From the simple explanation of cathode ray tube operation given above, one would expect the spot to remain the same size at whatever position it occupied on the tube face, because focusing of the electron beam was carried out well before the deflector plates were reached. However, it has been found that the application of deflection voltages to the plates brings about de-focusing of the beam. The effect worsens as the spot moves further from the centre of the screen. This may be overcome by what is called 'symmetrical deflection'. This merely means that if 10V positive have to be applied to one plate to move the spot a certain distance, then +5V on one X plate, say, and -5V on the other X plate would produce the same deflection but with less deflection de-focusing. For example, a push-pull amplifier might be used, with the anode connected to a pair of X or Y plates.

Another form of distortion is astigmatism. This means that focus may be obtained in, say, the vertical or Y direction, but not in the horizontal or X direction. Tubes are usually internally corrected for this defect to a certain degree, but circuitry can be devised to minimise it even further.

Trapezium distortion which results in a rectangular picture on the tube becoming a trapezium is virtually absent in many modern tubes, but the effect is illustrated below, where a sine wave of constant amplitude appears to grow in amplitude at one end of the trace.

So much for the tube itself. The most important thing to discover now is how to operate it.

Power Supplies

Above can be seen a typical power supply for a cathode ray tube. For a practical circuit with component values see here. T1 is the mains transformer and V1 a high voltage rectifier such as the Cossor SU2150A. The transformer must produce 1kV to 5kV, depending upon the tube used. We will assume an average tube working at 2.5 kV. C1, C2 and R11 form a ripple filter, the output side of which is 2.5kV negative with respect to earth. The CRT operating potentials are derived from the chain of resistors, R1 to R5.

The cathode is connected to a point some 40 or 50 volts positive from the point A, and the grid is returned to the slider of R1, which varies the potential of the grid relative to cathode. This, therefore, is the brilliance control. In practical circuits, A1 and A3 are connected together as shown. A2, the focusing anode, is connected to the slider of R4. This electrode is nominally at about ±200 V from the point A, but sufficient variation is allowed by the use of R4 to achieve optimum focusing. A1 and A3 are connected to earth.

Deflector plates Y1 and X1 are connected to the 'shift' potentiometers R7 and R8. These vary the potentials of the plates positive or negative with respect to A1 and A3. The spot may be placed, therefore, at any convenient position on the face of the tube. When, for example, R7 and R8 are half way along their tracks, the potentials of X1 and Y1 will be the same as that of A1 and A3, and the spot will be central. This assumes that R9 and R10 are equal in value, which would normally be the case. Y2 and X2 plates are shown connected directly to earth.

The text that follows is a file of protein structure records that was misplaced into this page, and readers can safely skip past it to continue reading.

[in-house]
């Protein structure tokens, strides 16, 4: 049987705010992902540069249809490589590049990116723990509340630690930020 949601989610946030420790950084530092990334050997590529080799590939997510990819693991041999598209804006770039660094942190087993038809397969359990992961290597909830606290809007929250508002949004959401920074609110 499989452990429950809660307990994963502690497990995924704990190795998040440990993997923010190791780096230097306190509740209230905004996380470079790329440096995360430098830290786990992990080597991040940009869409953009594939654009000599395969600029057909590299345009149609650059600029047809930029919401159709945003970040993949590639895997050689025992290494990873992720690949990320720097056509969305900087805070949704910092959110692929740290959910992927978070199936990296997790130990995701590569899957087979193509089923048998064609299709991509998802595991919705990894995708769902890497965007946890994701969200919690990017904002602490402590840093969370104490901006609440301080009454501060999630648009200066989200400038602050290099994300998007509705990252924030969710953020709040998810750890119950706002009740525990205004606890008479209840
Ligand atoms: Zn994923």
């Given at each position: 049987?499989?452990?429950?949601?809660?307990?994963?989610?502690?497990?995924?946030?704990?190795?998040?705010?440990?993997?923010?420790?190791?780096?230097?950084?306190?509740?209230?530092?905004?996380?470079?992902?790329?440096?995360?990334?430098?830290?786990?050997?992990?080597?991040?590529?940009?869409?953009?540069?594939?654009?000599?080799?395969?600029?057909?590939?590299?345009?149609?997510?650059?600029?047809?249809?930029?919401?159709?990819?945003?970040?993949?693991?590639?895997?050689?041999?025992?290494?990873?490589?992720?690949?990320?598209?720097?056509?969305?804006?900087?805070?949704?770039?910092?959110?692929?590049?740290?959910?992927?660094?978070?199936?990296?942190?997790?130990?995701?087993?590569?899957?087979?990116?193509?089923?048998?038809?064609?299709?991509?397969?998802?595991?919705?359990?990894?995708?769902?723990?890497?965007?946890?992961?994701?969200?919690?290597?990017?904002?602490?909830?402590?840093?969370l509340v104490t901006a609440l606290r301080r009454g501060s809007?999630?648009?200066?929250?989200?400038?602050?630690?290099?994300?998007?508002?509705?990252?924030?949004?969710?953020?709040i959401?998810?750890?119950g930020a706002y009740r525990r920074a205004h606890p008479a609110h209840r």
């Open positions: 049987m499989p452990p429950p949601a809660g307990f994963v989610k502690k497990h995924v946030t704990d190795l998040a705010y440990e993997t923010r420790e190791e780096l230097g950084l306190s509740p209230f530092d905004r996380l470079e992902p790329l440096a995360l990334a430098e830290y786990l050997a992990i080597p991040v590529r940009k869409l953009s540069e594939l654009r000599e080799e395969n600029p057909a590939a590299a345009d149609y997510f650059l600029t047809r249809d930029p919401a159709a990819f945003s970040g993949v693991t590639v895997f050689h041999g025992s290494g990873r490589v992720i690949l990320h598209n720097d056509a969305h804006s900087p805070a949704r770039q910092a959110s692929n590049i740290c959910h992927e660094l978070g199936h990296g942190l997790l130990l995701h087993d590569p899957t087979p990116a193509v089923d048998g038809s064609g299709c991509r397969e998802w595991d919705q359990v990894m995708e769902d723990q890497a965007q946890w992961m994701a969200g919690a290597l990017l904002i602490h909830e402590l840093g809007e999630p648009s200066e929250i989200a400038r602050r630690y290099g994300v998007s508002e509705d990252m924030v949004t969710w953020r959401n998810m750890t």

R6 and R12 are the deflector plate leaks. If a signal, let us say, a sinusoid, is applied to C3, the signal will swing symmetrically either side of the voltage at which R7 is set. The spot will be disturbed, therefore, either side of its set position, in the Y direction. A line of light will, therefore, appear vertically on the face of the tube.

The question now arises, what is the use of applying a sine wave to the tube when it merely draws a straight line? Surely one would expect to see the picture of a sine wave. Quite true . . . And the mechanism by which this is obtained is to apply a linearly changing voltage to the X plates. This forms a 'timebase'.


Suppose for a moment that the sine wave applied to the Y plates were of a low frequency, just a few cycles per second. At the same time, the X shift potentiometer is rotated at a regular rate, so that the spot is deflected smoothly from the left hand side of the tube to the right. The spot would now fall under two influences. It would be moving up and down sinusoidally and linearly from left to right.

It is easy to simulate this effect. Place a sheet of paper on a table, and move a pencil in a straight line backward and forward on the paper, while someone is moving the paper smoothly away in a direction at right angles to the pencil movement. A very rough sine wave will result.

The diagram above shows the effect on the CRT. When the spot reaches the right hand side of the tube, one picture is complete, and it must be returned very rapidly to the left in order to start another picture.

If we graph the voltage applied to the X plates during this operation, we will obtain the shape below. This is called a 'saw-tooth_wave-form'.

X plate waveform to deflect the spot to produce the trace shown above

This waveform must be produced regularly and at a frequency equal to, or an integral (i.e. whole number) number of times slower than, the applied frequency. If, for example, our sinusoidal signal on the Y plate had been at 50Hz, then the saw tooth must run at 50Hz, or 25Hz, or 16.6Hz, etc. If it ran at 50Hz, one sine wave would appear, if at 25Hz two sine waves, at 16.60Hz, three sine waves, and so on.

Obviously, it would be inconvenient, not to say impossible, to waggle the shift potentiometer about at these speeds, so we have to resort to more subtle means. These means open up a vast field of circuitry. The basic device for producing the 'sawtooth' is called a timebase, and may take many and varied forms.

This article predates post deflection acceleration and tubes had limited brightness as higher EHT reduced deflection sensitivity. With PDA the first anodes operated at modest voltages and relatively low energy electrons were deflected. After deflection the electrons entering the bell of the tube would encounter a much higher EHT voltage that was applied to a graphite coating inside the bell. Oscilloscope tubes could operate with eight to 14 kV on the PDA electrode.